The Set Up (1995)

    Deadfall (1993)

    Maverick (1994)

    Sister Act 2: Back In The Habit (1993)

    The Fifth Corner (1992)

    The Player (1992)

    Hudson Hawk (1991)

    Young Guns II (1990)

    Train To Heaven (1990)

    Call From Space (1989)

    Walking After Midnight (1988)

    Death Of A Soldier (1988)

    Martin’s Day (1984)

    High Risk (1981)

    Looker (1981)

    Loving Couples (1980)

    Baltimore Bullet (1980)

    Firepower (1979)

    The Muppet Movie (1979)

    Goldengirl (1979)

    Speed Fever (1978)

    California Suite (1978)

    White Rock (1977)

    Cross Of Iron (1977)

    Midway (1976)

    The Last Hard Men (1976)

    Sky Riders (1976)

    Bite The Bullet (1975)

    Hard Times (1975)

    The Internecine Project (1974)

    Harry In your Pocket (1973)

    The Last of Sheila (1973)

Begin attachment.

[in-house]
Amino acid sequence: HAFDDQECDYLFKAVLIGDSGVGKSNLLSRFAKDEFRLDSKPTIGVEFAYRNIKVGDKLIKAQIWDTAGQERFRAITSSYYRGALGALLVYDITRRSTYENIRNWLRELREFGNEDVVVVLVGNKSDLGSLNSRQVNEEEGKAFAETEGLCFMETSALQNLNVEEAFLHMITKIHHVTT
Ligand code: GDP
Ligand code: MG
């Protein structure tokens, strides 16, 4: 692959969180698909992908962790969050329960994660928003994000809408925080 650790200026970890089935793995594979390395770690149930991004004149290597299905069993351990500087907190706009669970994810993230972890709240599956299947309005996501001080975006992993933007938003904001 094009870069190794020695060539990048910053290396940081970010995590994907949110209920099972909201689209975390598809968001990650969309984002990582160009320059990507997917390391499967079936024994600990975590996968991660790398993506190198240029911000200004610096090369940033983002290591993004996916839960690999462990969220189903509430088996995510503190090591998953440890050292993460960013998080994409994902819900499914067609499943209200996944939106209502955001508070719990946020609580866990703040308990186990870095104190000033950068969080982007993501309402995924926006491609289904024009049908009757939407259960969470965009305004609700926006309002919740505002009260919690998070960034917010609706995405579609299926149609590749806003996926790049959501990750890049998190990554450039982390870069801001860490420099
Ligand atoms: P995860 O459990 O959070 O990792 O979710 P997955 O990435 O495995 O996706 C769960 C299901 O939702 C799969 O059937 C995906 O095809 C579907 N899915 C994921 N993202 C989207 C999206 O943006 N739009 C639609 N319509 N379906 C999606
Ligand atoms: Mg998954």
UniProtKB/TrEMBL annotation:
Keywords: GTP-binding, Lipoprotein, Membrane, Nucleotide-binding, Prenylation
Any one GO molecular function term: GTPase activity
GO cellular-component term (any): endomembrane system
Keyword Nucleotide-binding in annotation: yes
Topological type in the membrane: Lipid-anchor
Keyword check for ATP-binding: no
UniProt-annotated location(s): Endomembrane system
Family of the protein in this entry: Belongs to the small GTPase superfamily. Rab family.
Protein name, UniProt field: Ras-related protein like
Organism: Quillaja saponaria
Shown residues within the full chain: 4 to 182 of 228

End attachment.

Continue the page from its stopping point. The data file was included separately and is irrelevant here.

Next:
Pat Garrett and Billy The Kid (1973)

    A Reason To Live, A Reason To Die (1972)

    The Honkers (1972)

    The Carey Treatment (1972)

    Duck, You Sucker (1971)
    1960s and before

    Last Of The Mobile Hot Shots (1969)

    Hard Contact (1969)

    Candy (1968)

    Duffy (1968)

    The President’s Analyst (1967)

    Waterhole #3 (1967)

    In Like Flint (1967)

    Dead Heat On A Merry-Go-Round (1966)

    What Did You Do In The War, Daddy (1966)

    Our Man Flint (1966)

    The Loved One (1965)

    A High Wind In Jamaica (1965)

    Major Dundee (1965)

    Action On The Beach (1964)

    The Americanization Of Emily (1964)

    Kings Of The Sun (1963)

    The Man From Galveston (1963)

    Charade (1963)

    The Great Escape (1963)

    Hell Is For Heroes (1962)

    Acapulco (1961)

    The Murder Men (1961)

    The Magnificent Seven (1960)

    Face Of A Fugitive (1959)

    Ride Lonesome (1959)

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About Eric Olsen

  • Debbie

    Does anybody know where I can get a copy of Train to Heaven 1990 with James Coburn???